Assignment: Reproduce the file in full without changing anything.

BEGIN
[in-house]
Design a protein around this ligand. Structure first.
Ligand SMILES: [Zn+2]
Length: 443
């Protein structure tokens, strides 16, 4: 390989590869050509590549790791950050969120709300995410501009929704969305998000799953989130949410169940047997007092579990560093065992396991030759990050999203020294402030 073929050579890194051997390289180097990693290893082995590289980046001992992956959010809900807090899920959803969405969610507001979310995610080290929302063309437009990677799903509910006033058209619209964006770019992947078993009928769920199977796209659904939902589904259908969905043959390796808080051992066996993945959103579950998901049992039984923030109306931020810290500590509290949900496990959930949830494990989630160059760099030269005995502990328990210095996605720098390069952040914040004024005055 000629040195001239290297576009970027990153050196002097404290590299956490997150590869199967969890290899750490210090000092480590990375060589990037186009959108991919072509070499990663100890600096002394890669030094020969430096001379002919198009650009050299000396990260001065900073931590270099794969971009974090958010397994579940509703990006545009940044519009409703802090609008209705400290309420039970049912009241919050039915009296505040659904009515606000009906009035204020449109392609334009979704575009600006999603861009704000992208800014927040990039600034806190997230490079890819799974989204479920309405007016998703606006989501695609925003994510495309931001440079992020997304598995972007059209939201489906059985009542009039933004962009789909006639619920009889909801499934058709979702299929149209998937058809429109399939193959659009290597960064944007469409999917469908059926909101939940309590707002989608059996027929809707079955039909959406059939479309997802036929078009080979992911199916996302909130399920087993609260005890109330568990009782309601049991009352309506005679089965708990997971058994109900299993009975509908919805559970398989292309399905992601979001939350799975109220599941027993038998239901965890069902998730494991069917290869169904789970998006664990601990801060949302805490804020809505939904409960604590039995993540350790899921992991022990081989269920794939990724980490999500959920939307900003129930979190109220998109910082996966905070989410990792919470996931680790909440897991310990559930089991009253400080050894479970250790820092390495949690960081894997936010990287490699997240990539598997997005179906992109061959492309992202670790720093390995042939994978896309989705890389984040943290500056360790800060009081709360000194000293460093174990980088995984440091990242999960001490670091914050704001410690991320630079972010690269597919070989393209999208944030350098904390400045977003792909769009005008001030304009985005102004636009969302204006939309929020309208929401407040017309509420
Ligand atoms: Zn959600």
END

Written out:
[in-house]
Design a protein around this ligand. Structure first.
Ligand SMILES: [Zn+2]
Length: 443
């Protein structure tokens, strides 16, 4: 390989590869050509590549790791950050969120709300995410501009929704969305998000799953989130949410169940047997007092579990560093065992396991030759990050999203020294402030 073929050579890194051997390289180097990693290893082995590289980046001992992956959010809900807090899920959803969405969610507001979310995610080290929302063309437009990677799903509910006033058209619209964006770019992947078993009928769920199977796209659904939902589904259908969905043959390796808080051992066996993945959103579950998901049992039984923030109306931020810290500590509290949900496990959930949830494990989630160059760099030269005995502990328990210095996605720098390069952040914040004024005055 000629040195001239290297576009970027990153050196002097404290590299956490997150590869199967969890290899750490210090000092480590990375060589990037186009959108991919072509070499990663100890600096002394890669030094020969430096001379002919198009650009050299000396990260001065900073931590270099794969971009974090958010397994579940509703990006545009940044519009409703802090609008209705400290309420039970049912009241919050039915009296505040659904009515606000009906009035204020449109392609334009979704575009600006999603861009704000992208800014927040990039600034806190997230490079890819799974989204479920309405007016998703606006989501695609925003994510495309931001440079992020997304598995972007059209939201489906059985009542009039933004962009789909006639619920009889909801499934058709979702299929149209998937058809429109399939193959659009290597960064944007469409999917469908059926909101939940309590707002989608059996027929809707079955039909959406059939479309997802036929078009080979992911199916996302909130399920087993609260005890109330568990009782309601049991009352309506005679089965708990997971058994109900299993009975509908919805559970398989292309399905992601979001939350799975109220599941027993038998239901965890069902998730494991069917290869169904789970998006664990601990801060949302805490804020809505939904409960604590039995993540350790899921992991022990081989269920794939990724980490999500959920939307900003129930979190109220998109910082996966905070989410990792919470996931680790909440897991310990559930089991009253400080050894479970250790820092390495949690960081894997936010990287490699997240990539598997997005179906992109061959492309992202670790720093390995042939994978896309989705890389984040943290500056360790800060009081709360000194000293460093174990980088995984440091990242999960001490670091914050704001410690991320630079972010690269597919070989393209999208944030350098904390400045977003792909769009005008001030304009985005102004636009969302204006939309929020309208929401407040017309509420
Ligand atoms: Zn959600």